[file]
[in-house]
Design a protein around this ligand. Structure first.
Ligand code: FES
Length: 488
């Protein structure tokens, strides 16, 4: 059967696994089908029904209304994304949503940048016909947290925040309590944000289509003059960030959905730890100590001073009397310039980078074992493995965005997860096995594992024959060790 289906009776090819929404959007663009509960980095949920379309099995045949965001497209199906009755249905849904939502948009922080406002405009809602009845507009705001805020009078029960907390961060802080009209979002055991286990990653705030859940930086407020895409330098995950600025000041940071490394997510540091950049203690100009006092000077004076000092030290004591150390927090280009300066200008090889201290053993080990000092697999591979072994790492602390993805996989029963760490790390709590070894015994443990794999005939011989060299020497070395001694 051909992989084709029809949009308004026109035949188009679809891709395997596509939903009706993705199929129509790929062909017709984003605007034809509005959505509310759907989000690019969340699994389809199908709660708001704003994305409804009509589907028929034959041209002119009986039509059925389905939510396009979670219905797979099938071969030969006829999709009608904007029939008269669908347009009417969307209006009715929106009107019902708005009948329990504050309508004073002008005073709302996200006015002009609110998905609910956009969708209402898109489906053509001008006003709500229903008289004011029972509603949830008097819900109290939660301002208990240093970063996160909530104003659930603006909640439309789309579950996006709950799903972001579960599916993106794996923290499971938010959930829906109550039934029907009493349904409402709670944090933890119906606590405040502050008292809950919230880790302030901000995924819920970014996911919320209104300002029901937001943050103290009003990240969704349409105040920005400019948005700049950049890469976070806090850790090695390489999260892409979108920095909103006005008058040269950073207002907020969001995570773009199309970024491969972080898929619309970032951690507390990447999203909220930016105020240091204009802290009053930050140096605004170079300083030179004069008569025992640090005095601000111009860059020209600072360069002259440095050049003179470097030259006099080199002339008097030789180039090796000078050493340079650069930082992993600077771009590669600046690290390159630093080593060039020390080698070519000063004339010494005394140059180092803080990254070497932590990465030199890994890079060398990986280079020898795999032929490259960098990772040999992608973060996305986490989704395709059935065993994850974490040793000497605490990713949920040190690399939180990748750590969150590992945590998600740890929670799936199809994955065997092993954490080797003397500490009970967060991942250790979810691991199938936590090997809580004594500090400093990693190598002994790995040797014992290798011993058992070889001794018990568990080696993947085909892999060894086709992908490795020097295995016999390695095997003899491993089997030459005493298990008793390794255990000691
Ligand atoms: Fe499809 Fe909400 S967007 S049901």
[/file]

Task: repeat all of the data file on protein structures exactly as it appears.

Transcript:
[in-house]
Design a protein around this ligand. Structure first.
Ligand code: FES
Length: 488
């Protein structure tokens, strides 16, 4: 059967696994089908029904209304994304949503940048016909947290925040309590944000289509003059960030959905730890100590001073009397310039980078074992493995965005997860096995594992024959060790 289906009776090819929404959007663009509960980095949920379309099995045949965001497209199906009755249905849904939502948009922080406002405009809602009845507009705001805020009078029960907390961060802080009209979002055991286990990653705030859940930086407020895409330098995950600025000041940071490394997510540091950049203690100009006092000077004076000092030290004591150390927090280009300066200008090889201290053993080990000092697999591979072994790492602390993805996989029963760490790390709590070894015994443990794999005939011989060299020497070395001694 051909992989084709029809949009308004026109035949188009679809891709395997596509939903009706993705199929129509790929062909017709984003605007034809509005959505509310759907989000690019969340699994389809199908709660708001704003994305409804009509589907028929034959041209002119009986039509059925389905939510396009979670219905797979099938071969030969006829999709009608904007029939008269669908347009009417969307209006009715929106009107019902708005009948329990504050309508004073002008005073709302996200006015002009609110998905609910956009969708209402898109489906053509001008006003709500229903008289004011029972509603949830008097819900109290939660301002208990240093970063996160909530104003659930603006909640439309789309579950996006709950799903972001579960599916993106794996923290499971938010959930829906109550039934029907009493349904409402709670944090933890119906606590405040502050008292809950919230880790302030901000995924819920970014996911919320209104300002029901937001943050103290009003990240969704349409105040920005400019948005700049950049890469976070806090850790090695390489999260892409979108920095909103006005008058040269950073207002907020969001995570773009199309970024491969972080898929619309970032951690507390990447999203909220930016105020240091204009802290009053930050140096605004170079300083030179004069008569025992640090005095601000111009860059020209600072360069002259440095050049003179470097030259006099080199002339008097030789180039090796000078050493340079650069930082992993600077771009590669600046690290390159630093080593060039020390080698070519000063004339010494005394140059180092803080990254070497932590990465030199890994890079060398990986280079020898795999032929490259960098990772040999992608973060996305986490989704395709059935065993994850974490040793000497605490990713949920040190690399939180990748750590969150590992945590998600740890929670799936199809994955065997092993954490080797003397500490009970967060991942250790979810691991199938936590090997809580004594500090400093990693190598002994790995040797014992290798011993058992070889001794018990568990080696993947085909892999060894086709992908490795020097295995016999390695095997003899491993089997030459005493298990008793390794255990000691
Ligand atoms: Fe499809 Fe909400 S967007 S049901």